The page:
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Community Development , Homelessness

Community Care Teams: A Promising Approach to Chronic Health and Housing Challenges

8 August 2018
Partnership for Strong Communities

Paige McCooty, 2018 Summer Intern, Partnership for Strong Communities 

In Connecticut alone, emergency departments have treated more than 8,400 patients at least 7 times in 6 months, totaling approximately 58,000 visits.


The United States’ fragmented health care system, limited definition of health and large presence of homelessness has created significant consequences including poor health outcomes, wasted resources, and overworked providers. Current health care reform efforts have focused on targeting frequent visitors of hospital emergency rooms.

These frequent visitors have disproportionate rates of mental health and/or substance misuse diagnoses, housing instability, and complex medical conditions. Thus, the clients of the various Community Care Teams are experiencing an improvement in their quality of life.

What is a CCT?

A Community Care Team (CCT) is a local multi-disciplinary coordination team comprised of medical professionals, behavior health specialists and housing experts whom identify frequent users of emergency rooms in order to improve the care of their complex social and health needs. Many of the clients referred to CCTs are experiencing homelessness.


  • Reduce emergency department visits and inpatient readmissions for people who are experiencing homelessness or are unstably housed
  • Improve care coordination upon discharge from inpatient settings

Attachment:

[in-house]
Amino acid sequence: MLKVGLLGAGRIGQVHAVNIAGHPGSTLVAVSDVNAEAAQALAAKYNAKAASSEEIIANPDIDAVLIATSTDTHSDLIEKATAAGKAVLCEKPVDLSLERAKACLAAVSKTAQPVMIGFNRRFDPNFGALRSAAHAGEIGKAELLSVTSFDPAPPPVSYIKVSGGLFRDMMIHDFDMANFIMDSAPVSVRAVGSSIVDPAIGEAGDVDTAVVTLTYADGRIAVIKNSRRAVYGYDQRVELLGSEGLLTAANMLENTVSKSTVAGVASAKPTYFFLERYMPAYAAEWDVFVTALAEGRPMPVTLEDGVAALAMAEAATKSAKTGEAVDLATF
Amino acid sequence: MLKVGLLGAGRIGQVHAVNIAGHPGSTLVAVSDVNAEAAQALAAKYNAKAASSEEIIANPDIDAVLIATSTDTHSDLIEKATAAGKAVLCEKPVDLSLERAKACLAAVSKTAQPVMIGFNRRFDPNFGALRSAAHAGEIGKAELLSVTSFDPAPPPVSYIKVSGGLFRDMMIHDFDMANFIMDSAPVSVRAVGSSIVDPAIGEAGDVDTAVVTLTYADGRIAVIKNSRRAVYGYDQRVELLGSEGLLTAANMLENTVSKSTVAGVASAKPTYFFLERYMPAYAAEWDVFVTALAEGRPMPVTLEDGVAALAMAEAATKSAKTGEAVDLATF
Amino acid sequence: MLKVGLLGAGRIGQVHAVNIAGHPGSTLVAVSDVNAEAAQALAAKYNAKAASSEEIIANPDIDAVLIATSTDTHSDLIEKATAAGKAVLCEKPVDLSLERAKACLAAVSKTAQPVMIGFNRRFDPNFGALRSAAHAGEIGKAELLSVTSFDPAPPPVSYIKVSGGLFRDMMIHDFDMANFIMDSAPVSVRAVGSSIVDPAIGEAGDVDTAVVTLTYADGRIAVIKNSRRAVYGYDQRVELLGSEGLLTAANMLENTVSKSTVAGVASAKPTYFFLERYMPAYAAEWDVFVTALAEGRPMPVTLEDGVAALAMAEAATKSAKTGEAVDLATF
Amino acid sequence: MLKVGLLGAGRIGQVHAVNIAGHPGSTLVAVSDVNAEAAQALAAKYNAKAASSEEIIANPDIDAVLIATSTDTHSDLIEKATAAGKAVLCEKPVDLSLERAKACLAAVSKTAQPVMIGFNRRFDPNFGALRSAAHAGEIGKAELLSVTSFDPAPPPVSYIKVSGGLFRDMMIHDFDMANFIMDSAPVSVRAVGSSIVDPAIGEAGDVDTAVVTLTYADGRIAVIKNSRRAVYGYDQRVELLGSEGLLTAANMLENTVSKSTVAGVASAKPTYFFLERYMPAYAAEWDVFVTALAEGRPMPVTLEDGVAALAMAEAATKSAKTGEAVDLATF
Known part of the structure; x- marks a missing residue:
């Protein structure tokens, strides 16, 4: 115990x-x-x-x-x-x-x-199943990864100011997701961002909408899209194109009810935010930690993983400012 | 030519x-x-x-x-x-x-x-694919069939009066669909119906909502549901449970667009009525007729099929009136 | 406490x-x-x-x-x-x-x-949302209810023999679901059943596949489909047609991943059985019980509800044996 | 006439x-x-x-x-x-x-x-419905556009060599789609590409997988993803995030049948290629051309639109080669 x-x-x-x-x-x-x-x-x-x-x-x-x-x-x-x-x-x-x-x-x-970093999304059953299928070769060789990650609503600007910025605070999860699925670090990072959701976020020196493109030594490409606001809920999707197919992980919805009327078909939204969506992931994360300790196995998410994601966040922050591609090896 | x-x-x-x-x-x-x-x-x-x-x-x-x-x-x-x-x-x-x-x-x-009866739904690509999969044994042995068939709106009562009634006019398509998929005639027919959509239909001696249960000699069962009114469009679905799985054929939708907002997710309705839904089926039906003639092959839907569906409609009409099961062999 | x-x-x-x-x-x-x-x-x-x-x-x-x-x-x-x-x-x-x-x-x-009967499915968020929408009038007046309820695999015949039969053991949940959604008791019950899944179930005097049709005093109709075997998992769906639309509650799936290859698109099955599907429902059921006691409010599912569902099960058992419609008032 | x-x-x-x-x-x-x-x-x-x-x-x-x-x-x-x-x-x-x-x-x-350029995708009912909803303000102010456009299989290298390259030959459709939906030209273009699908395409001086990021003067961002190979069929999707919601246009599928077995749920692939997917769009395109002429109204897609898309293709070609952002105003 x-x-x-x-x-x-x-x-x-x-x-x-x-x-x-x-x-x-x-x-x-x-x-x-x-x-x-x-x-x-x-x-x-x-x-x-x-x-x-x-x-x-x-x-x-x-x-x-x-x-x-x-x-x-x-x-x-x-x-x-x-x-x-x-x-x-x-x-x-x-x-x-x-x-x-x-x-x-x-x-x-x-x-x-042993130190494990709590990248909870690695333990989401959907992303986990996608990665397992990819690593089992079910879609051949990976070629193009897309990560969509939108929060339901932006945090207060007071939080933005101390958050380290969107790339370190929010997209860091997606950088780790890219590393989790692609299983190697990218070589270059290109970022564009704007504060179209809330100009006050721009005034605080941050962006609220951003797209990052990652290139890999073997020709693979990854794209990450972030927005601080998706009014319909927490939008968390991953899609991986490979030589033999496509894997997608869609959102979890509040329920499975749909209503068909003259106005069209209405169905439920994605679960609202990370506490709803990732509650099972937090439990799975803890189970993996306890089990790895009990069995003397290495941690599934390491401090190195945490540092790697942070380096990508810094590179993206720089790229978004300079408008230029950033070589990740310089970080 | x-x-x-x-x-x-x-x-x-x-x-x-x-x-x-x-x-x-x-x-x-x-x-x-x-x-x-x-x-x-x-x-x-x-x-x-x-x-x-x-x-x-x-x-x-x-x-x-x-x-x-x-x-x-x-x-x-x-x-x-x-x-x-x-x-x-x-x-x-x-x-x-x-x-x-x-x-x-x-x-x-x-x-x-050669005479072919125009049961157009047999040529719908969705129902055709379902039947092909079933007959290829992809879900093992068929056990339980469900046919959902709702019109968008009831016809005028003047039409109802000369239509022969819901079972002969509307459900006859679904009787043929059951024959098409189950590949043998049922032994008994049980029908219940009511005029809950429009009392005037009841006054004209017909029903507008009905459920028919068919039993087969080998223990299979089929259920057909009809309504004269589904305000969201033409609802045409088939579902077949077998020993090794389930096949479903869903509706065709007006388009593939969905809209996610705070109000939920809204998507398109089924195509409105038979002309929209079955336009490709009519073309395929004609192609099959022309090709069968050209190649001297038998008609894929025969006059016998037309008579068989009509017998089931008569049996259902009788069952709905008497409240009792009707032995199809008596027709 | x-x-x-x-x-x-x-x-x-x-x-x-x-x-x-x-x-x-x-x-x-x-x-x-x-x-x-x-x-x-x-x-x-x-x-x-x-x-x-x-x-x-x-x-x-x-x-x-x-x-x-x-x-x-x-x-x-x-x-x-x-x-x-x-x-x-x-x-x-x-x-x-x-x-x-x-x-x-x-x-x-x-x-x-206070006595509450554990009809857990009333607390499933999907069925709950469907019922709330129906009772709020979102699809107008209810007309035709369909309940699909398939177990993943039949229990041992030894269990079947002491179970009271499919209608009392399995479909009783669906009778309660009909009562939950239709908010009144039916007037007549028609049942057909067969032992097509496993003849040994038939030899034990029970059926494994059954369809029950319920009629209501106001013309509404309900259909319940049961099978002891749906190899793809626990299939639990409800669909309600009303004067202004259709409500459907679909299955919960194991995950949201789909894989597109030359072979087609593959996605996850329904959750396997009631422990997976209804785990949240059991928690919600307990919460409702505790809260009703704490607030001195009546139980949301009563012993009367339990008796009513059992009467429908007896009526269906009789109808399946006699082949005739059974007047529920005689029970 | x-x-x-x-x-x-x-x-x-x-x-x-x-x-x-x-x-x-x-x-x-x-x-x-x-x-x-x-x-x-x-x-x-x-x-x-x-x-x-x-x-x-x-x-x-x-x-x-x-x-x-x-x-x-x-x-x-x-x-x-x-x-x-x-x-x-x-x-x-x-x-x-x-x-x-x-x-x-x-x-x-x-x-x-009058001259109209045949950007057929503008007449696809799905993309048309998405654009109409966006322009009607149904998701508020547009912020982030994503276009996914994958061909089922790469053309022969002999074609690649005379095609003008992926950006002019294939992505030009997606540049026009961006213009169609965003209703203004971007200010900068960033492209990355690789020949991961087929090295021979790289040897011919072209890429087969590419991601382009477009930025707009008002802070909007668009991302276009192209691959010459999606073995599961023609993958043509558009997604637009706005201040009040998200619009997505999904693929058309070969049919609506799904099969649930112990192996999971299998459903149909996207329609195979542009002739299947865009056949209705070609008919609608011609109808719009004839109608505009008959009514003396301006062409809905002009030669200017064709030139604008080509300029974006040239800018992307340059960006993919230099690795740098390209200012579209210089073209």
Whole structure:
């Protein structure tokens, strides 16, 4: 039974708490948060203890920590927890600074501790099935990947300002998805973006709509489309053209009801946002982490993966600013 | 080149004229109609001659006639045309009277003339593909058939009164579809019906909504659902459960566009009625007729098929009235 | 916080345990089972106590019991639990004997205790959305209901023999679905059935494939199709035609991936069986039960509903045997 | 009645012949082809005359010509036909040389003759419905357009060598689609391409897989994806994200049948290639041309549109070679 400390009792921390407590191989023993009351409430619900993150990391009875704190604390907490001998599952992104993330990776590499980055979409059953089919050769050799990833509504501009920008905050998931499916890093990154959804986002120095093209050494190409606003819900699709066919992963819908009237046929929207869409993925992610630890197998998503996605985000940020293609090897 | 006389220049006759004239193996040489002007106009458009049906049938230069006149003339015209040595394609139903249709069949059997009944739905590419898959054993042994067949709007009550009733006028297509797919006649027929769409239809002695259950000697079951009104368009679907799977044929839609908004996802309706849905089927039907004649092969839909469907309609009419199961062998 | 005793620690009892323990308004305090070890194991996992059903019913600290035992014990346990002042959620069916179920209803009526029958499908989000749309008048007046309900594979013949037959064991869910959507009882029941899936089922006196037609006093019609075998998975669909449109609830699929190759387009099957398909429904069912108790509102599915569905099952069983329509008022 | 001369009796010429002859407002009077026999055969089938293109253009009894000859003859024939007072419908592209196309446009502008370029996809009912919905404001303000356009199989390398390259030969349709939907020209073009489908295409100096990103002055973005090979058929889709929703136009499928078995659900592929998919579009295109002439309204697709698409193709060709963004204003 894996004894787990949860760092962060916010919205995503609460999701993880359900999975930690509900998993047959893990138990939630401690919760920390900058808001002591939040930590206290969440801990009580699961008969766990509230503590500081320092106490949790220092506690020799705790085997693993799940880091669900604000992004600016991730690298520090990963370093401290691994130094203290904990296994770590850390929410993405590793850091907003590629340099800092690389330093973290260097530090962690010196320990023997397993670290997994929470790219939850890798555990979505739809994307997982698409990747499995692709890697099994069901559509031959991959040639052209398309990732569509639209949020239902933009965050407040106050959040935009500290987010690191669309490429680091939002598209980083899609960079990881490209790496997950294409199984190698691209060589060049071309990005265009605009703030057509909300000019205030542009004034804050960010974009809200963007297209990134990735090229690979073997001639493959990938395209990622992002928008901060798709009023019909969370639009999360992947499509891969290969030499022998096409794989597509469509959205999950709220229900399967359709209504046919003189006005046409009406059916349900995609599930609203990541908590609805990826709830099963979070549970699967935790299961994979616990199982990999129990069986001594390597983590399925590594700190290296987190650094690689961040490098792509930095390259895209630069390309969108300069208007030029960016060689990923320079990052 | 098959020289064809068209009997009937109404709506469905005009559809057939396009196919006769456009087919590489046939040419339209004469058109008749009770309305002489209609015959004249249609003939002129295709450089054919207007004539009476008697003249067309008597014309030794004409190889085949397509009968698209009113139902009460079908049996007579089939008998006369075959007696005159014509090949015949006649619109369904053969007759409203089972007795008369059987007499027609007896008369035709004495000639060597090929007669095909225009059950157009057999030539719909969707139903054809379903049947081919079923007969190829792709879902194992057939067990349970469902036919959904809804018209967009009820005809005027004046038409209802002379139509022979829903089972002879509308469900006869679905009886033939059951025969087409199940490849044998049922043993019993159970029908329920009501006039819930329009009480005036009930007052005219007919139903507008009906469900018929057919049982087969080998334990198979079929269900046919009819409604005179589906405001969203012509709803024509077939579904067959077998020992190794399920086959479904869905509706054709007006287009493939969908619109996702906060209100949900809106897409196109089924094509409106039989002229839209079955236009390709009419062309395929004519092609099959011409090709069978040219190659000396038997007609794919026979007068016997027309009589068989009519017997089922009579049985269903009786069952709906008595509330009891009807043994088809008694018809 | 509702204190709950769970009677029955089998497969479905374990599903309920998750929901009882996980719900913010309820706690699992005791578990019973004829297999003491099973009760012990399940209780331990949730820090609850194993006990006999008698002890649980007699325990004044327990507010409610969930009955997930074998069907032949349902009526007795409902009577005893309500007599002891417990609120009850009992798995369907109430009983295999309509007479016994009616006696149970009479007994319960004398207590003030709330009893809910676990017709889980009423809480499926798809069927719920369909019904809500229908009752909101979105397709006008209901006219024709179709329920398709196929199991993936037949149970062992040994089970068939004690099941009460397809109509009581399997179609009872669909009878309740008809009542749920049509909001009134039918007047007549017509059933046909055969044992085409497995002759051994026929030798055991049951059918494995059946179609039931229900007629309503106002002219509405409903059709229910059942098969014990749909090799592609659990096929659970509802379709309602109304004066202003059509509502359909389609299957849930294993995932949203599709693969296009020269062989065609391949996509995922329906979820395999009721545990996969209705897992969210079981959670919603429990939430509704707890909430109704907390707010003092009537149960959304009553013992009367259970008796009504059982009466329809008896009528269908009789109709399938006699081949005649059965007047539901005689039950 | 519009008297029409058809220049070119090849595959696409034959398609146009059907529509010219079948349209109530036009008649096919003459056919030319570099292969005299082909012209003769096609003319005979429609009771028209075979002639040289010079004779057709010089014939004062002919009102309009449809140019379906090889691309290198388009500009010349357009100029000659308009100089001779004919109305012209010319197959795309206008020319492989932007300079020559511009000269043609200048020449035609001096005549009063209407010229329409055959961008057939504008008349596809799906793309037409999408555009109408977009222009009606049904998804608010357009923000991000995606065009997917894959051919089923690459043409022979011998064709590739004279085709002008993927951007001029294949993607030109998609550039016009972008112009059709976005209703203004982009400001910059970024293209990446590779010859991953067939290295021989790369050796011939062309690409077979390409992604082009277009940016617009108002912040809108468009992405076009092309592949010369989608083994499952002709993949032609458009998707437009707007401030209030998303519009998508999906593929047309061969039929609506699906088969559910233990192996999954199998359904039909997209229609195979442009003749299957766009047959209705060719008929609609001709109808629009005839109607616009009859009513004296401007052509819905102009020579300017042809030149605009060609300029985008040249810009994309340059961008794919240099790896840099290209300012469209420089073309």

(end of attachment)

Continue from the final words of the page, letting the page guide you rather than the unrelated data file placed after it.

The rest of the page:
• Reduce costs for the medical and healthcare system

In order to explore health equity issues, the demographic data of the populations being served by the CCTs has been analyzed. The fifteen CCTs in Connecticut were contacted through phone calls and an email survey. The phone calls provided a quick way to explain the research and the purpose of providing the data. They also allowed for both quantitative and qualitative data to be shared. As for the email surveys, data was collected however there was a delay in response from the CCT members with this method.


 The analysis focused specifically on the clients of two CCTs, Danbury and Stamford, due to the time frame of the study and the quality of data received. Danbury’s clients have a median age of 47 years with an age range of 20 to 82 years while Stamford’s clients have a median age of 48 years with an age range of 19 to 81 years. As for Danbury’s gender distribution 39.3% of clients are females and 60.7% are males while Stamford has 45.8% female clients and 54.2% male clients. The racial distribution of the clients greatly differed between the two CCTs. The most significant distinction is that 77% of Danbury’s clients are White and 9% are Black while Stamford has 40% White clients and 39% Black clients.

The clients of both teams had almost identical age medians and ranges, further proving that homelessness affects individuals of all ages across various towns. The Danbury clients had a gender distribution greatly favoring males which reflects the distribution of those experiencing homelessness all across our country. The most distinct difference between the CCTs was the racial breakdown. Almost 80% of Danbury’s CCT clients are White while the city of Danbury has a White population of only 54%. On the other hand, almost 40% of Stamford’s CCT clients are Black while the city of Stamford has a Black population of only 15%. These discrepancies between racial distribution of CCTs and the cities they serve call for more research to determine whether there are health equity issues within the clientele of certain teams.

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